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Divorced parents squabbling over co-parenting turn to Internet

| Mar 23, 2012 | Child Custody and Visitation

Any couple going through a divorce is likely to experience hostile feelings towards their ex-spouse. While divorcing couples without children must endure the initial turmoil associated with the actual divorce proceeding, they are then free to move on with their lives and potentially never see each other again. For divorcing couples with children, however, they are tied to each other for life and must find ways to co-parent effectively.

When two responsible parents are involved, judges typically decide some arrangement of joint custody is best for the child. This requires couples who often have a lot of resentment towards one another and may not even be on speaking terms, to figure out a way to co-parent.

Due to the challenges divorced couples face when it comes to co-parenting, some judges are requiring couples to use online software to communicate and manage their co-parenting plans. In fact, because some couples simply cannot communicate effectively with one another, some judges are mandating the use of co-parenting software as they believe it ultimately benefits the child.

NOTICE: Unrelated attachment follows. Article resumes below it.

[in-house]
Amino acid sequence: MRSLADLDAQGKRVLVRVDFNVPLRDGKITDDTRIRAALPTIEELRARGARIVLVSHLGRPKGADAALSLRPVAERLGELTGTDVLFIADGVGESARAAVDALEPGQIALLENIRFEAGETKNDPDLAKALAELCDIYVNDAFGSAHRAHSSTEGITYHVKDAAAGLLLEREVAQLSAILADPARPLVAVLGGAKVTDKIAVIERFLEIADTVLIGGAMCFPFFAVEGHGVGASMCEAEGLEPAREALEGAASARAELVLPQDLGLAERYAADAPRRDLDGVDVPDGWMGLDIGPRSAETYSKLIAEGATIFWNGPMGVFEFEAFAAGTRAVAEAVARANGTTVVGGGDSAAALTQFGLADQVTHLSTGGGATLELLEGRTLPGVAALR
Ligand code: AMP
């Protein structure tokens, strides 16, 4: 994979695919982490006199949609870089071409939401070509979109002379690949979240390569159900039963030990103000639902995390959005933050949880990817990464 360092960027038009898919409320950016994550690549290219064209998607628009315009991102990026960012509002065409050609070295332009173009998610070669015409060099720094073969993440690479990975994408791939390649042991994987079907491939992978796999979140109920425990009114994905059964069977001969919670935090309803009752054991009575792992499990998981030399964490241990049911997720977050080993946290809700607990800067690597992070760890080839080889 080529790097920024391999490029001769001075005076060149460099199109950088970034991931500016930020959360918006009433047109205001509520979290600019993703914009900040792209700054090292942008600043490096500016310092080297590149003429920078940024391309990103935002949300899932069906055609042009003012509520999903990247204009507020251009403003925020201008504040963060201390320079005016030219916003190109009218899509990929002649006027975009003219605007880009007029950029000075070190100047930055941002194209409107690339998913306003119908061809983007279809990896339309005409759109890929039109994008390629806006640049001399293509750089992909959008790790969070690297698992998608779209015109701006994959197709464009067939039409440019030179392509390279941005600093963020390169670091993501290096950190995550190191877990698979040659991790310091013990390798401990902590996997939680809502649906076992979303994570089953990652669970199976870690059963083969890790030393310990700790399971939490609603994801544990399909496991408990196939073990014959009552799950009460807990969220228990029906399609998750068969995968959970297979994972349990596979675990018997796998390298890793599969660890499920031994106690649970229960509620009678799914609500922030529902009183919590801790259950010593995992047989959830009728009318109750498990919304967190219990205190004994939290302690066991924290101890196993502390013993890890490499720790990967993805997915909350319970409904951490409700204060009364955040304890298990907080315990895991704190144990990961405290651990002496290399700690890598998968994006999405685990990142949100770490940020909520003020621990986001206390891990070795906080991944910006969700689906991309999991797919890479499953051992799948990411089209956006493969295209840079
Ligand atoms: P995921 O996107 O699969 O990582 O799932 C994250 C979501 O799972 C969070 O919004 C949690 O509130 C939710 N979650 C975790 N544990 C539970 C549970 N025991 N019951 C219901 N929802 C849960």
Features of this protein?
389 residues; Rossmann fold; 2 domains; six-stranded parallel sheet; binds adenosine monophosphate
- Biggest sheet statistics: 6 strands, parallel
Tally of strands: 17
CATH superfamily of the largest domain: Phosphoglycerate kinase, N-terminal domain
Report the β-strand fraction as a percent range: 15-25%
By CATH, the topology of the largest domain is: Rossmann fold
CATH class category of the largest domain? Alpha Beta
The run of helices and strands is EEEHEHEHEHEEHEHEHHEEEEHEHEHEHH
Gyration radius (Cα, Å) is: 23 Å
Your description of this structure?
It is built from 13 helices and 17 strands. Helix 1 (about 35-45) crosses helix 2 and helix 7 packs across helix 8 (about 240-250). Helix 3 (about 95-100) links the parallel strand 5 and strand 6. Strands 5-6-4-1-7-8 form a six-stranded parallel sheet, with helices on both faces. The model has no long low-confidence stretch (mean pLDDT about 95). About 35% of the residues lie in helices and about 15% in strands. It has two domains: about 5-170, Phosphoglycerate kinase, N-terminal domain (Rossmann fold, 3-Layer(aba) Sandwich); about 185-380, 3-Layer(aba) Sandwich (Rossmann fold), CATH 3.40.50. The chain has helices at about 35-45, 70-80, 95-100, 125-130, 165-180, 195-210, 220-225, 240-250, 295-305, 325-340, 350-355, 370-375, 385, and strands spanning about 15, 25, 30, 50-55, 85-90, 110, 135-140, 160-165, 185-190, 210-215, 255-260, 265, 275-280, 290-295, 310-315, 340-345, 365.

The software programs allow parents to communicate via messages which some judges may monitor. These programs can also be used to manage the child’s time and visits with each parent as well as keep track of expenses related to raising the child.

Costs associated with the online programs tend to be nominal and as their success in mediating co-parenting plans amongst hostile parents grows, it’s likely more judges in Tennessee and around the country will mandate their usage.

Source: NBC Washington, “Divorced Couples Forced to Co-Parent Online,” Angie Goff, Feb. 29, 2012


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